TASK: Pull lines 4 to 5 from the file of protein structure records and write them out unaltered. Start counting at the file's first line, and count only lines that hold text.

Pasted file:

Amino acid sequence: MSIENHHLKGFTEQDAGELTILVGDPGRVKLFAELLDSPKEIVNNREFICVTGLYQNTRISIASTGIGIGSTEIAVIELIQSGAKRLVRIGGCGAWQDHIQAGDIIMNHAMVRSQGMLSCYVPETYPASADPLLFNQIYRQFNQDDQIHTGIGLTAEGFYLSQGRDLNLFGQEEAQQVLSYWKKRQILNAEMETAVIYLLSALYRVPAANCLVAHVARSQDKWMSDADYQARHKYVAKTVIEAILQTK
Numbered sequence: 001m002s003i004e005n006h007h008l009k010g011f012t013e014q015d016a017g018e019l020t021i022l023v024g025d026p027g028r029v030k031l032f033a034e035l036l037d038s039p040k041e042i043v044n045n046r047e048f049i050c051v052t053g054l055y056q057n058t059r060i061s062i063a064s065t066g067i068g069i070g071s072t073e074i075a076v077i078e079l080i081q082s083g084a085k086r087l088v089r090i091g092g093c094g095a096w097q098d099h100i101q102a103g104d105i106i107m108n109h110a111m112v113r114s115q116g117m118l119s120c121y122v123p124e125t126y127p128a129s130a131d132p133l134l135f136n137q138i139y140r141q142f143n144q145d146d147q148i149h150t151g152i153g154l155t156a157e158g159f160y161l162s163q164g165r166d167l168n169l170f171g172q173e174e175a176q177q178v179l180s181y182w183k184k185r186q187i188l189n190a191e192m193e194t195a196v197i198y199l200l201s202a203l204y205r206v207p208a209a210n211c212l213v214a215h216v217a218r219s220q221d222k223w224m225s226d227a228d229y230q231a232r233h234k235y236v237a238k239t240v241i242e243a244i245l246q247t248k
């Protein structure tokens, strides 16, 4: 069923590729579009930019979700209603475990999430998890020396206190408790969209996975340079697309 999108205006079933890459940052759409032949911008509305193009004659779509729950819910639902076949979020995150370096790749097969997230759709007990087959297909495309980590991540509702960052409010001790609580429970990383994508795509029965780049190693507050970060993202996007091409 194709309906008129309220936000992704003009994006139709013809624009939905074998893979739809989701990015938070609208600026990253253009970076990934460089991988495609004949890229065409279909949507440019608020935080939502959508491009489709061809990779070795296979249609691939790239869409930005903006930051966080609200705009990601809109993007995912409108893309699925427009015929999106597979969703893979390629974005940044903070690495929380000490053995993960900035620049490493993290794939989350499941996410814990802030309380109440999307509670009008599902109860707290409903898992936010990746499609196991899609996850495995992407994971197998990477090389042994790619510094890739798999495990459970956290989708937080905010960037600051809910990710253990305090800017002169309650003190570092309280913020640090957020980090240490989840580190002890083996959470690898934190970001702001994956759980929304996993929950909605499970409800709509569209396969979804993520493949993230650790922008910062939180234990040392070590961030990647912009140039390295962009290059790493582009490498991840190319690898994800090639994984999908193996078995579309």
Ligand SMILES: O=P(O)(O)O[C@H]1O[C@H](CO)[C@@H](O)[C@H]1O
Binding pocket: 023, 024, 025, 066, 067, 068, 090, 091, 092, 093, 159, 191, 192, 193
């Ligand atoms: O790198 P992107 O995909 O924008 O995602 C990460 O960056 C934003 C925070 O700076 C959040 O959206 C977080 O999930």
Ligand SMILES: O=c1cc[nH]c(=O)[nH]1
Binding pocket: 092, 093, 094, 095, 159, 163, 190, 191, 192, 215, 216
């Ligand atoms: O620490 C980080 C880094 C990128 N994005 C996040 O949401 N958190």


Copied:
Ligand SMILES: O=P(O)(O)O[C@H]1O[C@H](CO)[C@@H](O)[C@H]1O
Binding pocket: 023, 024, 025, 066, 067, 068, 090, 091, 092, 093, 159, 191, 192, 193